top of page

The Reality of Selling Art on Etsy

Updated: Oct 21, 2023

If you like talking about or reading about Artsy musings, you will love my semi-regular email, Art Letters, where I talk about ways to add creativity into your life :) Join now to get 5 free Ocean wallpapers sent to your email!

A lot of people have asked me about how to go about selling their art on Etsy - setting up an account, listing products, fees, etc. I want to give a brief account of what's it like to be an independent art seller on Etsy. I have been actively selling on my Etsy shop for the past year or so. I wouldn't say my Etsy store has blown up and I'm making sales by the minute, but I sell about 1-2 pieces a month.

I am writing this from my personal experience, and the perspective of a part time artist in India.

Sit back, this is going to be a long one! :)

Why I got Attracted to Etsy:

Etsy seemed like the only way to make my art available for international customers to buy. It's also fairly inexpensive and very easy to set up

However, the reality of selling on Etsy in my experience is as follows:

1. You have to bring people to your Etsy shop:

I often hear - "I made an Etsy store, but nothing is selling!". Yes, it won't, because Etsy will not bring you customers. You have to direct your own customers to the shop. Literally NOTHING will move from your shop, unless you bring traffic to your shop from other channels. Most of my Etsy traffic comes from my own Pinterest, Tumblr, or Instagram.

2. You have to sell in Dollars (Or the few other currencies available):

I know that just like me, most of my Instagram audience is from India. Etsy doesn’t allow me to set my shop currency to rupees, which is why I do not use it for selling within India. I use it exclusively for my sales overseas, and for Indian buyers, I use either my own website or Instagram DMs. This scatters my sales, instead of consolidating them in one place.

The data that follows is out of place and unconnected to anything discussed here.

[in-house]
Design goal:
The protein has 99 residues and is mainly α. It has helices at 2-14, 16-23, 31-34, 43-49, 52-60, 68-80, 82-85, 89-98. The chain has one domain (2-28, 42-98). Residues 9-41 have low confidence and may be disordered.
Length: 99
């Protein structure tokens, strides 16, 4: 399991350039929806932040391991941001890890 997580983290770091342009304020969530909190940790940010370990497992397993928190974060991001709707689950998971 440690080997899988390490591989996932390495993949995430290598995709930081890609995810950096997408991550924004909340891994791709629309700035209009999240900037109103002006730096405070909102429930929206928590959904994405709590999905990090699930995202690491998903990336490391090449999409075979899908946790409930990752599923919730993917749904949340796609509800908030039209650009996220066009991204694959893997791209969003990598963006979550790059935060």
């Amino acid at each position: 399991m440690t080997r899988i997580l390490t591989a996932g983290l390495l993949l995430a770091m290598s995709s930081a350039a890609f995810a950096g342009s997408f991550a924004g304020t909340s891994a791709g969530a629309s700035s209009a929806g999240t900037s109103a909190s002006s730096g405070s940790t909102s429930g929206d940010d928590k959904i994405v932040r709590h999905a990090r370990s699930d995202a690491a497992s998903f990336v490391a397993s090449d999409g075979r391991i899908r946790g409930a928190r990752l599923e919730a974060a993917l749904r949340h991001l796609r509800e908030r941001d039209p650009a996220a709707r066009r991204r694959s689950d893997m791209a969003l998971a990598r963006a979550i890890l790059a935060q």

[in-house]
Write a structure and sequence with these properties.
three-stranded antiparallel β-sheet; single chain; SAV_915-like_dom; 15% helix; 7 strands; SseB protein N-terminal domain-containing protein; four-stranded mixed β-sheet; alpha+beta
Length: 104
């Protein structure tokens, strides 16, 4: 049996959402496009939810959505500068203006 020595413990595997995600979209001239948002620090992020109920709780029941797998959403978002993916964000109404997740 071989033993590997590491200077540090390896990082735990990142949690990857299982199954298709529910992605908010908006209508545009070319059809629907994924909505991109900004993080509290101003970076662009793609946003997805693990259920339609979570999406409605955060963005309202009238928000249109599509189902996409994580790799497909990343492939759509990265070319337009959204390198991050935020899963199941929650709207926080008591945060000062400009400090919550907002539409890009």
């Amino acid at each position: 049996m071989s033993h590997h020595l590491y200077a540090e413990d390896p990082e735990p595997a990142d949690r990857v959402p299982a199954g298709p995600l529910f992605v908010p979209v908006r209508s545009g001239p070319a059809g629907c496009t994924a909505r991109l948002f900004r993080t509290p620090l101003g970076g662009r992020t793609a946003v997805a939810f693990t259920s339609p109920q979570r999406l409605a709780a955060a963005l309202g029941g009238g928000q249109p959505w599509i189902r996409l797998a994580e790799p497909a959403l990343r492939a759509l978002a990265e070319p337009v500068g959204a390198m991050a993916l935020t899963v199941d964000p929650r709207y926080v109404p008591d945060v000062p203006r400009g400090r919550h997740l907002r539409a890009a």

3. There are costs and it's important to understand them:

There is a $0.20 listing fee for anything you want to sell on Etsy, that makes the product live for 4 months. Also, a thing to note is that if you have multiple copies of a particular listing (like in the case of art prints), the listing renews each time you sell out a piece. Not a big deal, but something to keep in mind. For any sale you make, Etsy takes a 5% commission. This is also applied to the shipping charges, if you charge any. On top of this, for Indian shops, Etsy doesn’t allow credit card transactions. The only way to accept payments is through PayPal. While PayPal is supposedly quite safe, they charge 2.9% + $0.30 as fees for any transaction. So straight away, you are out 7.9% +$0.5, for any sales you make on Etsy. Moreover, I have observed that the USD to INR conversion is not great. Also, keep in mind that you also pay the PayPal fees on the 5% commission that Etsy charges you. That is because, when you make a sale, initially the entire amount paid by the customer is transferred to you, and the 5% is charged to you later in your monthly Etsy bill.

While this is very low compared to how much a gallery would charge as commission (Usually 50%), you also should know that a gallery can probably sell your art for at least 10 times the price than is possible on Etsy. Getting into galleries has a complex set of barriers, so Etsy might work great in the interim, but one should be aware of all these costs, and back work a suitable price that covers all these costs plus gives you a profit.

4. You don’t know what Etsy wants its customers to look at :

Like any other social media/ e commerce website, Etsy does not reveal its algorithm, and understandably so. There are rumours that go around regularly about how to get discovered on Etsy, but most of them are just guesses. Having a low or zero shipping fee, and updating listings often (i.e. repaying the listing fee) works in your favour. All other things keep changing. Which is why I have given up trying to get “discovered organically” on Etsy. I bring people over, and use Etsy just as a channel to showcase my products, and to process the orders.

5. Etsy marketing may or may not do anything :

I have tried spending money on Etsy marketing as well, and while it brought some traffic to my otherwise inactive listings, I made a total of 1 sale from it. One thing it does is tell you what keywords people are searching for, and you can add them to your listings and improve your SEO within the platform. But I’ve learnt that spending money on it doesn’t give substantial returns. (It might have worked for some, not for me and a few other people who I've talked to about it)

6. Etsy is a ground for price wars :